Crude oil prices on the New York and London markets appeared to be rising on Mar. 11 following a report from the International Energy Agency stating “there are signs that prices may have bottomed out.”
In IEA’s Oil Market Report for March, the Paris-based agency cites several factors supporting the higher prices of recent weeks, including supply outages in Iraq, Nigeria, and the UAE; signs that supply outside the Organization of Petroleum Exporting Countries is falling; no reduction in the agency’s demand growth forecast; and recent weakness of the US dollar.
Crude production from Iraq, Nigeria, and UAE fell in February by 350,000 b/d, the report indicates. “Meanwhile, Iran’s return to the market has been less dramatic than the Iranians said it would be. In February, we believe that production increased by [220,000 b/d] and, provisionally, it appears that Iran’s return will be gradual.”
Regarding the prospect of a production freeze agreement among major producers, IEA said, “We cannot know what this might be and in any event it is rather unlikely that an agreement will affect the supply-demand balance substantially in the first half of 2016.”
Prices were pushed down on Mar. 10 as it appeared increasingly unlikely that such a meeting will take place (OGJ Online, Mar. 10, 2016).
IEA expects US output to fall 530,000 b/d this year, and overall non-OPEC output to fall 750,000 b/d, which is higher than the 600,000 b/d the agency projected last month.
Global oil demand growth, meanwhile, is projected to remain unchanged from previous forecasts at 1.2 million b/d, with total demand in the US staying flat. However, IEA notes that “if prices maintain their recent upward momentum, there could be further weakness.”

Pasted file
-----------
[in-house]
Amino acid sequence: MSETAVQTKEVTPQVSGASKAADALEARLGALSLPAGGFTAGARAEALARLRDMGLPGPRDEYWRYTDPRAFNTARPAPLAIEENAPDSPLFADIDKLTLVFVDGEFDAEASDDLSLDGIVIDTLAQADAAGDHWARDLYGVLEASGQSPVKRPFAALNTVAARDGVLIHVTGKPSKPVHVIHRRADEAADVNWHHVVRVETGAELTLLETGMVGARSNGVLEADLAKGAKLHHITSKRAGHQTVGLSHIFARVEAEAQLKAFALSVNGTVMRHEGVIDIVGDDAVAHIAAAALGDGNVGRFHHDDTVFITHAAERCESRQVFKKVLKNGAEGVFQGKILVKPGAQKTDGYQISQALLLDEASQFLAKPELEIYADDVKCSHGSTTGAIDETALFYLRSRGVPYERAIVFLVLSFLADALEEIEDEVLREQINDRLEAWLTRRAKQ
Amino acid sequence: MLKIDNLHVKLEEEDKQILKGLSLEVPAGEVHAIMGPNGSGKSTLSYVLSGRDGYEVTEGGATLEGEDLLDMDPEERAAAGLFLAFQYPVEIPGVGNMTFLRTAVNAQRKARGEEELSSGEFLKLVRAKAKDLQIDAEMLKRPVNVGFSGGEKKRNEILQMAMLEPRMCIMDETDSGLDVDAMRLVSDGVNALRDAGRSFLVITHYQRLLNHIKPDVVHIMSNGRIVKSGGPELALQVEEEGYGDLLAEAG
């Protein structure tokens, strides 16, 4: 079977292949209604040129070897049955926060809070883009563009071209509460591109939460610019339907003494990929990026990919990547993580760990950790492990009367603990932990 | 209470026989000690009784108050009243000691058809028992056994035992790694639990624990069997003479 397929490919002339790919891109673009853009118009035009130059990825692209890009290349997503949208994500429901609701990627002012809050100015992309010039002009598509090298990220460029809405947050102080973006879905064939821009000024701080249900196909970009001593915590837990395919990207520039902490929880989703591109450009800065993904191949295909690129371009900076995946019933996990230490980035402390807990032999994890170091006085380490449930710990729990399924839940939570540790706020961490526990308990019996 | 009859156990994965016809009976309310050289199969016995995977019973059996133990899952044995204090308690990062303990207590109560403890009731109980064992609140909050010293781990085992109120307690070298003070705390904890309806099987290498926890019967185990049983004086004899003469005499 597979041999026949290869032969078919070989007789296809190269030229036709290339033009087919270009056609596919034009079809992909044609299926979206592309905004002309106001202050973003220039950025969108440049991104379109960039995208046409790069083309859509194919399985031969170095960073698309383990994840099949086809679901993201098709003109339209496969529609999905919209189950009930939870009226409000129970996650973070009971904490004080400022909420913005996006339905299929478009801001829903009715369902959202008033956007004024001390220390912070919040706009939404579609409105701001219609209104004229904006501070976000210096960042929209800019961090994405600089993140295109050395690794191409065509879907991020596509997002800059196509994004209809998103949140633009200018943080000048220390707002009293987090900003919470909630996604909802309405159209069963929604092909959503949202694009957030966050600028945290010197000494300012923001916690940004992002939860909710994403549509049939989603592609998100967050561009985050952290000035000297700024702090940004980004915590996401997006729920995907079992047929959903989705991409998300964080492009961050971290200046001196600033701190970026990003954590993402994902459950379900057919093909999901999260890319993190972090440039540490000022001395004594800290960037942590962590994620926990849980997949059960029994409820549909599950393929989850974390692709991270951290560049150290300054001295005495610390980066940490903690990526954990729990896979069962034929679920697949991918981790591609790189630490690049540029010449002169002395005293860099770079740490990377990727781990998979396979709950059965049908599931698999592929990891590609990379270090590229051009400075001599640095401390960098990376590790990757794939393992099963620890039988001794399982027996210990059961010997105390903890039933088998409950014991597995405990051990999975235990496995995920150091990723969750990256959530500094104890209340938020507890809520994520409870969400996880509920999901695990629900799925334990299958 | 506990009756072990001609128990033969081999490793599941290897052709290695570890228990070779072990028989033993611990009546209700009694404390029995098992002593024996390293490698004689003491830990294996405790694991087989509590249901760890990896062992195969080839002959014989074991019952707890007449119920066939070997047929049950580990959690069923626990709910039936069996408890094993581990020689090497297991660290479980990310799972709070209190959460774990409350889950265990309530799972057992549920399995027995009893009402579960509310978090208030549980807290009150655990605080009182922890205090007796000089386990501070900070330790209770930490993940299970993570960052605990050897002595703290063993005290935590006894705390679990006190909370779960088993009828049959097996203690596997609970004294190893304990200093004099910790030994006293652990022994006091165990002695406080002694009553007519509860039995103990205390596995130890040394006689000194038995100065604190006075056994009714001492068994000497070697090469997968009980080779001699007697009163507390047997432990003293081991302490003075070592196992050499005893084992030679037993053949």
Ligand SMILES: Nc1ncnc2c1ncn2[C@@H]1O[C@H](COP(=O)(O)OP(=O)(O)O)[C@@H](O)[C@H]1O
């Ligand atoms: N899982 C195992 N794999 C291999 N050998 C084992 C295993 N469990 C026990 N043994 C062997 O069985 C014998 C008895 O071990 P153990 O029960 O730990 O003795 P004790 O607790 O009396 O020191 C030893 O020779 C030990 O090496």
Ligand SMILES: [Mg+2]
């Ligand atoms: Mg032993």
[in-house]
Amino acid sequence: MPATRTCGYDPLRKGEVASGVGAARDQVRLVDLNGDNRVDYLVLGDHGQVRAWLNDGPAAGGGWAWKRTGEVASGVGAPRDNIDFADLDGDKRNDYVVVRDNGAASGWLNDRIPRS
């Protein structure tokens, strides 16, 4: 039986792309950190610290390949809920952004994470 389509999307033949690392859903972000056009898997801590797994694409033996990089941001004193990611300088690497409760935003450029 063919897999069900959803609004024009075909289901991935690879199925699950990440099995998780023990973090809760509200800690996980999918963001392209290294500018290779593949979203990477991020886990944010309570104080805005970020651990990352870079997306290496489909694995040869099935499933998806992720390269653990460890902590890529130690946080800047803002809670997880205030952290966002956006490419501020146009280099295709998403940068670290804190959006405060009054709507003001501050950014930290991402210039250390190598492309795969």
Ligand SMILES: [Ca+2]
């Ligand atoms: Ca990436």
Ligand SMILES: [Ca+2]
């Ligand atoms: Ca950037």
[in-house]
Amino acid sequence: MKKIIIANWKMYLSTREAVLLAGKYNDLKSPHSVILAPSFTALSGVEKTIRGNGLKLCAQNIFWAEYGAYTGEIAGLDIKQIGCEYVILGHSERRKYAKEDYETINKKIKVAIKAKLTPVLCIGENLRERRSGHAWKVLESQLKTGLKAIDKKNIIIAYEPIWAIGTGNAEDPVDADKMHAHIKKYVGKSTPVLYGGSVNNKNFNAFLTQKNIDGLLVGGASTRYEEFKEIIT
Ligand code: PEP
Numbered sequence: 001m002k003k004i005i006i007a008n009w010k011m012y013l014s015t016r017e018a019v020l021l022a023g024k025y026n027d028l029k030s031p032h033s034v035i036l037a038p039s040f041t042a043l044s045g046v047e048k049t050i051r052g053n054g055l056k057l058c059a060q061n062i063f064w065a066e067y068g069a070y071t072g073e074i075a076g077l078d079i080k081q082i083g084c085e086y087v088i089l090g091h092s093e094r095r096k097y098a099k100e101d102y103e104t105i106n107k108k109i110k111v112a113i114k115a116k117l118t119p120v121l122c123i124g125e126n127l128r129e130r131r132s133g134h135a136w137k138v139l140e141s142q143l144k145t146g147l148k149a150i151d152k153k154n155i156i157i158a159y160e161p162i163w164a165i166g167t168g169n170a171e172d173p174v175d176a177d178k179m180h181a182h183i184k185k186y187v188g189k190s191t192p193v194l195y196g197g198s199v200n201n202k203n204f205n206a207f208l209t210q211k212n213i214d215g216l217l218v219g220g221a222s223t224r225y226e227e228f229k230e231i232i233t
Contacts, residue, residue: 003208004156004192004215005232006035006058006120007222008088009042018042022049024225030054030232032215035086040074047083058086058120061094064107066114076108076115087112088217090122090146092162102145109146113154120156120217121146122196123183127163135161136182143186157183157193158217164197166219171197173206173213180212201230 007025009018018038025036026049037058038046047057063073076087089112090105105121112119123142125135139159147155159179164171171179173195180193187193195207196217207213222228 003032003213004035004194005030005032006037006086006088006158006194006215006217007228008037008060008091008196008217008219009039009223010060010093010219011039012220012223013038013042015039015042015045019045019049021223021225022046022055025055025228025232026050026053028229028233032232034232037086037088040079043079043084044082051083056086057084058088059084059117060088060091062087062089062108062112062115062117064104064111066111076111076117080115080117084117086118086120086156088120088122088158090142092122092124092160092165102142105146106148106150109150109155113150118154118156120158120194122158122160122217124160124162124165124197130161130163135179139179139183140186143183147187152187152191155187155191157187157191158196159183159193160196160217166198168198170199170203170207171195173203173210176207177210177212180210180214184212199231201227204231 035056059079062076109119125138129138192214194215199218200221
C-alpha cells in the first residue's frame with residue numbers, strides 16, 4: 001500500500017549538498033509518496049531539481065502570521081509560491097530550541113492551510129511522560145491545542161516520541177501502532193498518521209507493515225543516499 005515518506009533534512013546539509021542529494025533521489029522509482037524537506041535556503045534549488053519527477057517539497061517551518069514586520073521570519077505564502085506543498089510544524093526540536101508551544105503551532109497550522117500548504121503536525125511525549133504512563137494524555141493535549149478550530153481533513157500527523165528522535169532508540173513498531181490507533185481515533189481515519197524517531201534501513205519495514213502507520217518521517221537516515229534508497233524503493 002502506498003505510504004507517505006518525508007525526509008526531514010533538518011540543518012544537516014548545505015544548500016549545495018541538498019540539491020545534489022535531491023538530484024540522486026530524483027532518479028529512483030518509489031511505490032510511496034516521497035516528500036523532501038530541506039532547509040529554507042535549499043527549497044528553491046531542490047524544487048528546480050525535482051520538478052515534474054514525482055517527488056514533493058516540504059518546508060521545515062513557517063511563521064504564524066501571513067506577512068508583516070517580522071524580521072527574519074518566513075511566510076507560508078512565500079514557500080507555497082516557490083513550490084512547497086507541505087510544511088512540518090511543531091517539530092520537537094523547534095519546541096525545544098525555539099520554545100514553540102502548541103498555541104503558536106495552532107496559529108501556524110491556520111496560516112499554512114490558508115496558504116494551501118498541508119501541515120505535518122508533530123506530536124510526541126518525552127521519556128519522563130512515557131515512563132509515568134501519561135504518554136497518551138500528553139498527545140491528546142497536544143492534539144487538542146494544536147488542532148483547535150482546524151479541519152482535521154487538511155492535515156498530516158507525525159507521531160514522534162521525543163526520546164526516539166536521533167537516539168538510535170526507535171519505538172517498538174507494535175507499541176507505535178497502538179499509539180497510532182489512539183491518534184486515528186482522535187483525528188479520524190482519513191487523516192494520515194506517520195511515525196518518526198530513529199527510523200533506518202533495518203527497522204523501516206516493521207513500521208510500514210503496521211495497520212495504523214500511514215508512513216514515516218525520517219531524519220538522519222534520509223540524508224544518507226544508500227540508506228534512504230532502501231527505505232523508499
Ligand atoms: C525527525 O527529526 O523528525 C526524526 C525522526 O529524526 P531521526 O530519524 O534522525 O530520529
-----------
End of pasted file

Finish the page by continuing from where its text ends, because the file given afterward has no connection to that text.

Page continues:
In China, demand growth this year is still anticipated at 330,000 b/d, well-below the 10-year average growth rate of 440,000 b/d. IEA expects India and other smaller Asian economies outside the Organization for Economic Cooperation and Development and the Middle East to provide most of the 2016 growth.
“The foundations for global demand growth are sound, but not rock-solid,” the agency said.
The report concludes that implied surplus of supply over demand for this year’s first half remains high at 1.9 million b/d in the first quarter and 1.5 million b/d in second quarter.
“To the extent the oil price is forward-looking, comfort will be taken from our view that in the second half of 2016 the gap between supply and demand narrows significantly” to 200,000 b/d in both the third and fourth quarters, IEA said.
The NYMEX natural gas contract for April increased 3.6¢ to a rounded $1.79/MMbtu. The Henry Hub gas price for Mar. 10 was $1.70, gaining 13¢.
Heating oil for April delivery fell 1.66¢ to a rounded $1.22/gal. The price for reformulated gasoline stock for oxygenates blending for April decreased 3.15¢ to a rounded $1.44/gal on Mar. 8.
The Brent crude contract for May on London’s ICE declined $1.02 to $40.05/bbl. The June contract fell 97¢ to $40.68/bbl. The ICE gas oil contract for March sat unchanged at $362.75/tonne.
The average price for OPEC’s basket of 12 benchmark crudes was $35.23/bbl, rising 18¢.